“Epistrophies: Jazz and the Literary Imagination” by Brent Hayes Edwards, Harvard University Press, 336 pages, $35.
Brent Hayes Edwards is a literary scholar and Columbia University English Professor. His publisher here in this remarkable book is one of the most notable of all Academic Presses. It is, then, no surprise to find passing clumps of post-structural jargon and thought thickening the broth enough to make for infrequent lumpiness.
Nevertheless, this is a brilliant and utterly arresting book that takes a surprisingly uncommon subject and looks at it in a profoundly original way. The subject is the subtitle of the book -- “Jazz and the Literary Imagination.” But the actual title gives you a sense of what makes Edwards’ book unique: it shares its name with a famous composition by Thelonious Monk and drummer Denzel Best called “Epistrophy” which Monk, for many years, always used as the closing theme of every evening’s closing set.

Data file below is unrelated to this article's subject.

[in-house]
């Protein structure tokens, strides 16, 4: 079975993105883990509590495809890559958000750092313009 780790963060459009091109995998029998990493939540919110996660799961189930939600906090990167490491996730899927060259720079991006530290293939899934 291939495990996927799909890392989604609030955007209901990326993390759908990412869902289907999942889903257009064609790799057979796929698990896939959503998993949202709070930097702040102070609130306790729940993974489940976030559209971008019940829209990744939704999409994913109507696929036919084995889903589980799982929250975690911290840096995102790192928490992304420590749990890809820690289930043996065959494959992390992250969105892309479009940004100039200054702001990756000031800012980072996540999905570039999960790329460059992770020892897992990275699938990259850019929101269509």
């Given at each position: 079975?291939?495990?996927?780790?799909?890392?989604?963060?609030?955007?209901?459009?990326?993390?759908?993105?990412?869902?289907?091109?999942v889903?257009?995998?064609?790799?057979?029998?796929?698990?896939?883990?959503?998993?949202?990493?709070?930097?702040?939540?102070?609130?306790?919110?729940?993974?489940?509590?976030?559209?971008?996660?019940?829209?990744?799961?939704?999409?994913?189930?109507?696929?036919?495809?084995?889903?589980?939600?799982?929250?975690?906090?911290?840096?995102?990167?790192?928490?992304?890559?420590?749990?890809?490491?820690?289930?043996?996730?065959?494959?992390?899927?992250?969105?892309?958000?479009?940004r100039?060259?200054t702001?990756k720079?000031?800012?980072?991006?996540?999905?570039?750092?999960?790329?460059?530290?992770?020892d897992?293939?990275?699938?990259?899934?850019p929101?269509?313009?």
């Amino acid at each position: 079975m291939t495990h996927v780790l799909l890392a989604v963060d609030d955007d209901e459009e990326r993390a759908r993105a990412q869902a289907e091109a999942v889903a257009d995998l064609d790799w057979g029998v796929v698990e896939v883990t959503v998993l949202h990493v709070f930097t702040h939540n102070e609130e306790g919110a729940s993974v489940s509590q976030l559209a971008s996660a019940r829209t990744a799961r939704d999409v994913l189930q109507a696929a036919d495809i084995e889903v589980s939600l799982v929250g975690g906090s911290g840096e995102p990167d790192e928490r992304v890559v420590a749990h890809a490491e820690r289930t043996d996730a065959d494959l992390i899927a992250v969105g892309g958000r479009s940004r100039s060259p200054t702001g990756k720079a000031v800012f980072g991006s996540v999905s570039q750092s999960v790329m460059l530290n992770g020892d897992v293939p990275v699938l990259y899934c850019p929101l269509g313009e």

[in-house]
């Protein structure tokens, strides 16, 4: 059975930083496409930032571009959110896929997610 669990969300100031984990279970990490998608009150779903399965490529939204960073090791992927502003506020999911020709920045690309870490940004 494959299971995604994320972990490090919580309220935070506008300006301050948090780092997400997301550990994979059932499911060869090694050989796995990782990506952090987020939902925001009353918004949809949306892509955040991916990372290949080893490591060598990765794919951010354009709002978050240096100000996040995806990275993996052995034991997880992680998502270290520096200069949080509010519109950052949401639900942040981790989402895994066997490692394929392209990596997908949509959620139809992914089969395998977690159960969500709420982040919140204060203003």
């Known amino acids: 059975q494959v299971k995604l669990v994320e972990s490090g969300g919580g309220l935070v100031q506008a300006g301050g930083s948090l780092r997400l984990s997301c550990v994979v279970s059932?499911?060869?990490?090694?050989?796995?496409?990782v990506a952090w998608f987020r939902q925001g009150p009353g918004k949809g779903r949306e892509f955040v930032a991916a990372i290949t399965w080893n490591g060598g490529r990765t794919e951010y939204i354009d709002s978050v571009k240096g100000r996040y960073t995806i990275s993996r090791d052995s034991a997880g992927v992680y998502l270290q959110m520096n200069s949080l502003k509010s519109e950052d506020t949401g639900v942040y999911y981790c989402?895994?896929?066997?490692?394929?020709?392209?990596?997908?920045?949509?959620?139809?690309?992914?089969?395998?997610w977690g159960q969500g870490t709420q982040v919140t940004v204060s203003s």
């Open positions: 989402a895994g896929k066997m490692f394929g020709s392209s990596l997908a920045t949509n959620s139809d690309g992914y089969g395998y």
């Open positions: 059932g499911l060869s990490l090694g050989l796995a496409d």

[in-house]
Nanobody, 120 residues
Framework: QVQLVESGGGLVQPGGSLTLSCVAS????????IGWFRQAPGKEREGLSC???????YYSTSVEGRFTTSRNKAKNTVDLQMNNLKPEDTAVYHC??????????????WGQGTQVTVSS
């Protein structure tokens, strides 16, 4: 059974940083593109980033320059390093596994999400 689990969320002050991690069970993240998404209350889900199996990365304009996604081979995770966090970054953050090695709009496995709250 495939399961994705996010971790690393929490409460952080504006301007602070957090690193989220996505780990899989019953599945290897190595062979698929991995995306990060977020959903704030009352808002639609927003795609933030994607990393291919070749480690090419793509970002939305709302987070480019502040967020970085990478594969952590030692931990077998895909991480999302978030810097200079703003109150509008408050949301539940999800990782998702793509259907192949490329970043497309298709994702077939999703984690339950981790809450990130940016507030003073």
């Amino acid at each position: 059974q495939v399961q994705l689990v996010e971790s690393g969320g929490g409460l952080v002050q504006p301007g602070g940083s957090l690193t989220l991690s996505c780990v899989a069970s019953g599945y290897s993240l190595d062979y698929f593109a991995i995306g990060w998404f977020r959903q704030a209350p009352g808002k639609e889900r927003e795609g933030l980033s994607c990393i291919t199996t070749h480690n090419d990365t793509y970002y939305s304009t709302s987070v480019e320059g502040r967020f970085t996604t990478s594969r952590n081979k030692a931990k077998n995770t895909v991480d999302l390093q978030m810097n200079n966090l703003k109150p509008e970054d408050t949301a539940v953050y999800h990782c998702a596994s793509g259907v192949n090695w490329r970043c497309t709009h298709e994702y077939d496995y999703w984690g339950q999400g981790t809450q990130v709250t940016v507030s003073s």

Here is Edwards explaining where that title came from: “the word (Epistrophe) means ‘turning about’ in Greek and ‘refers to a literary device in which a word or expression is deliberately repeated at the end of successive phrases, clauses, sentences or verses.” And that, says Edwards, not only describes what happens in one of the greatest compositions in bebop but could also refer to “the unusual little dance ... that Monk would often do during his concerts, standing up and leaving the piano while his sidemen soloed.” That is what is unique to the point of shocking here. Edwards is looking at literature through jazz eyes much of the time and not the other way around, no matter how profound his literary engagement. He is deciphering Henry Threadgill composition titles, and the poems and notations on the backs of Sun Ra Records (“you could call me the jester of the creator” Sun Ra wrote memorably) and “Literary Ellington” including his autobiography. He turns the duet concerts of Mary Lou Williams and Cecil Taylor into literature and reads seriously the letters of Louis Armstrong as well as the poetry of Amiri Baraka and Langston Hughes. He has, incredibly, foregrounded what is all too often backgrounded. A unique book.